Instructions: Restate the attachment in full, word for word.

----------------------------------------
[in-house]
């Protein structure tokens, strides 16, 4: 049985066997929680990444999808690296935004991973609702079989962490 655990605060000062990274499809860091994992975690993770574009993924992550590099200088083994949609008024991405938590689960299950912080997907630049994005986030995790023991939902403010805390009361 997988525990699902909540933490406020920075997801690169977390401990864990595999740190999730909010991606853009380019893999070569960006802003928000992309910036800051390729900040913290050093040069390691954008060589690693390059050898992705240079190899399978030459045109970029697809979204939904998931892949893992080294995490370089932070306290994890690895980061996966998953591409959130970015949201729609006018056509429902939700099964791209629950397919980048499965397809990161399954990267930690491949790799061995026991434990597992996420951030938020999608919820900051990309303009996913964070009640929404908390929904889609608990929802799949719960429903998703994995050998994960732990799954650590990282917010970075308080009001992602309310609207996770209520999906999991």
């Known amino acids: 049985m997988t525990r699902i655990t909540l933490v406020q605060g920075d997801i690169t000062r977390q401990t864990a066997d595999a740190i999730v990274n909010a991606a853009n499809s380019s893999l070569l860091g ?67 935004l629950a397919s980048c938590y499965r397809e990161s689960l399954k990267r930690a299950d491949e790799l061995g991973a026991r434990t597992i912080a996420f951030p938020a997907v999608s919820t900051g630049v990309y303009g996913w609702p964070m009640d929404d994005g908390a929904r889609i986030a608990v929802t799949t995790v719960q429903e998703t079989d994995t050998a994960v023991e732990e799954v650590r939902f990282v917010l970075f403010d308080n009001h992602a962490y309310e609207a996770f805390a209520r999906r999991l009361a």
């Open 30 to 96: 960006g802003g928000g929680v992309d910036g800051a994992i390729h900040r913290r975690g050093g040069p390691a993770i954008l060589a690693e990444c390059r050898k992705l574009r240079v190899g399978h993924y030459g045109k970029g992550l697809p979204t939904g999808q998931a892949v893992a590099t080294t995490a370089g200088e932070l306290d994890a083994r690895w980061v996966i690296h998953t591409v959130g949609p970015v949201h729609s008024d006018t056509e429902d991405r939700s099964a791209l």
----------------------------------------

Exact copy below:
[in-house]
């Protein structure tokens, strides 16, 4: 049985066997929680990444999808690296935004991973609702079989962490 655990605060000062990274499809860091994992975690993770574009993924992550590099200088083994949609008024991405938590689960299950912080997907630049994005986030995790023991939902403010805390009361 997988525990699902909540933490406020920075997801690169977390401990864990595999740190999730909010991606853009380019893999070569960006802003928000992309910036800051390729900040913290050093040069390691954008060589690693390059050898992705240079190899399978030459045109970029697809979204939904998931892949893992080294995490370089932070306290994890690895980061996966998953591409959130970015949201729609006018056509429902939700099964791209629950397919980048499965397809990161399954990267930690491949790799061995026991434990597992996420951030938020999608919820900051990309303009996913964070009640929404908390929904889609608990929802799949719960429903998703994995050998994960732990799954650590990282917010970075308080009001992602309310609207996770209520999906999991």
């Known amino acids: 049985m997988t525990r699902i655990t909540l933490v406020q605060g920075d997801i690169t000062r977390q401990t864990a066997d595999a740190i999730v990274n909010a991606a853009n499809s380019s893999l070569l860091g ?67 935004l629950a397919s980048c938590y499965r397809e990161s689960l399954k990267r930690a299950d491949e790799l061995g991973a026991r434990t597992i912080a996420f951030p938020a997907v999608s919820t900051g630049v990309y303009g996913w609702p964070m009640d929404d994005g908390a929904r889609i986030a608990v929802t799949t995790v719960q429903e998703t079989d994995t050998a994960v023991e732990e799954v650590r939902f990282v917010l970075f403010d308080n009001h992602a962490y309310e609207a996770f805390a209520r999906r999991l009361a």
């Open 30 to 96: 960006g802003g928000g929680v992309d910036g800051a994992i390729h900040r913290r975690g050093g040069p390691a993770i954008l060589a690693e990444c390059r050898k992705l574009r240079v190899g399978h993924y030459g045109k970029g992550l697809p979204t939904g999808q998931a892949v893992a590099t080294t995490a370089g200088e932070l306290d994890a083994r690895w980061v996966i690296h998953t591409v959130g949609p970015v949201h729609s008024d006018t056509e429902d991405r939700s099964a791209l």